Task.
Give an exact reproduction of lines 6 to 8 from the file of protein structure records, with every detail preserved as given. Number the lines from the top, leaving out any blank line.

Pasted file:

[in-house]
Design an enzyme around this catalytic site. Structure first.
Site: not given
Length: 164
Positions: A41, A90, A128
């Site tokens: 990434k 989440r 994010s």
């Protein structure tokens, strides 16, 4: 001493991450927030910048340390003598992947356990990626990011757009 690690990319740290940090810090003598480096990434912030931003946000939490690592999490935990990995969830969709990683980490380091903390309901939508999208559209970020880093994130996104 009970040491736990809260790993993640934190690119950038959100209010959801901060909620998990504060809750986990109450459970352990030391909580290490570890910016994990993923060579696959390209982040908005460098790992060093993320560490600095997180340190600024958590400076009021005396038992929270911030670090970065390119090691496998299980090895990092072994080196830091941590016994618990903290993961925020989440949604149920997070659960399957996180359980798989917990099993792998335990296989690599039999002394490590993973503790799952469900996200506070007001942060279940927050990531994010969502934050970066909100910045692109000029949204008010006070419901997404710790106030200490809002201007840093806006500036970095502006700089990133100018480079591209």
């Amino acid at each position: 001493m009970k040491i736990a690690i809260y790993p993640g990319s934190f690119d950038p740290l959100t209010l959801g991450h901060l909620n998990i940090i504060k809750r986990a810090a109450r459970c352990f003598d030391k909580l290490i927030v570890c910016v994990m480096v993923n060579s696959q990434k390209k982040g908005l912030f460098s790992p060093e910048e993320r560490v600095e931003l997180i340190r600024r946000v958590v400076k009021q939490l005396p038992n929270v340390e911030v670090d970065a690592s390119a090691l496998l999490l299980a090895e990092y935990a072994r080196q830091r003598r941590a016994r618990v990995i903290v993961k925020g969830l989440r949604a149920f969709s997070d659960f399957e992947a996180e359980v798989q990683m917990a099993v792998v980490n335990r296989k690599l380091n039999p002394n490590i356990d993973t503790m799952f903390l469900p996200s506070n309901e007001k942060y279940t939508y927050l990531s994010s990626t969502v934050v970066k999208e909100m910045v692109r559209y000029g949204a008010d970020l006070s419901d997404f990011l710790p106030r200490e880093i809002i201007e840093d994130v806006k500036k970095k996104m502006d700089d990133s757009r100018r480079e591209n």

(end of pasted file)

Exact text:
């Site tokens: 990434k 989440r 994010s």
């Protein structure tokens, strides 16, 4: 001493991450927030910048340390003598992947356990990626990011757009 690690990319740290940090810090003598480096990434912030931003946000939490690592999490935990990995969830969709990683980490380091903390309901939508999208559209970020880093994130996104 009970040491736990809260790993993640934190690119950038959100209010959801901060909620998990504060809750986990109450459970352990030391909580290490570890910016994990993923060579696959390209982040908005460098790992060093993320560490600095997180340190600024958590400076009021005396038992929270911030670090970065390119090691496998299980090895990092072994080196830091941590016994618990903290993961925020989440949604149920997070659960399957996180359980798989917990099993792998335990296989690599039999002394490590993973503790799952469900996200506070007001942060279940927050990531994010969502934050970066909100910045692109000029949204008010006070419901997404710790106030200490809002201007840093806006500036970095502006700089990133100018480079591209």
């Amino acid at each position: 001493m009970k040491i736990a690690i809260y790993p993640g990319s934190f690119d950038p740290l959100t209010l959801g991450h901060l909620n998990i940090i504060k809750r986990a810090a109450r459970c352990f003598d030391k909580l290490i927030v570890c910016v994990m480096v993923n060579s696959q990434k390209k982040g908005l912030f460098s790992p060093e910048e993320r560490v600095e931003l997180i340190r600024r946000v958590v400076k009021q939490l005396p038992n929270v340390e911030v670090d970065a690592s390119a090691l496998l999490l299980a090895e990092y935990a072994r080196q830091r003598r941590a016994r618990v990995i903290v993961k925020g969830l989440r949604a149920f969709s997070d659960f399957e992947a996180e359980v798989q990683m917990a099993v792998v980490n335990r296989k690599l380091n039999p002394n490590i356990d993973t503790m799952f903390l469900p996200s506070n309901e007001k942060y279940t939508y927050l990531s994010s990626t969502v934050v970066k999208e909100m910045v692109r559209y000029g949204a008010d970020l006070s419901d997404f990011l710790p106030r200490e880093i809002i201007e840093d994130v806006k500036k970095k996104m502006d700089d990133s757009r100018r480079e591209n």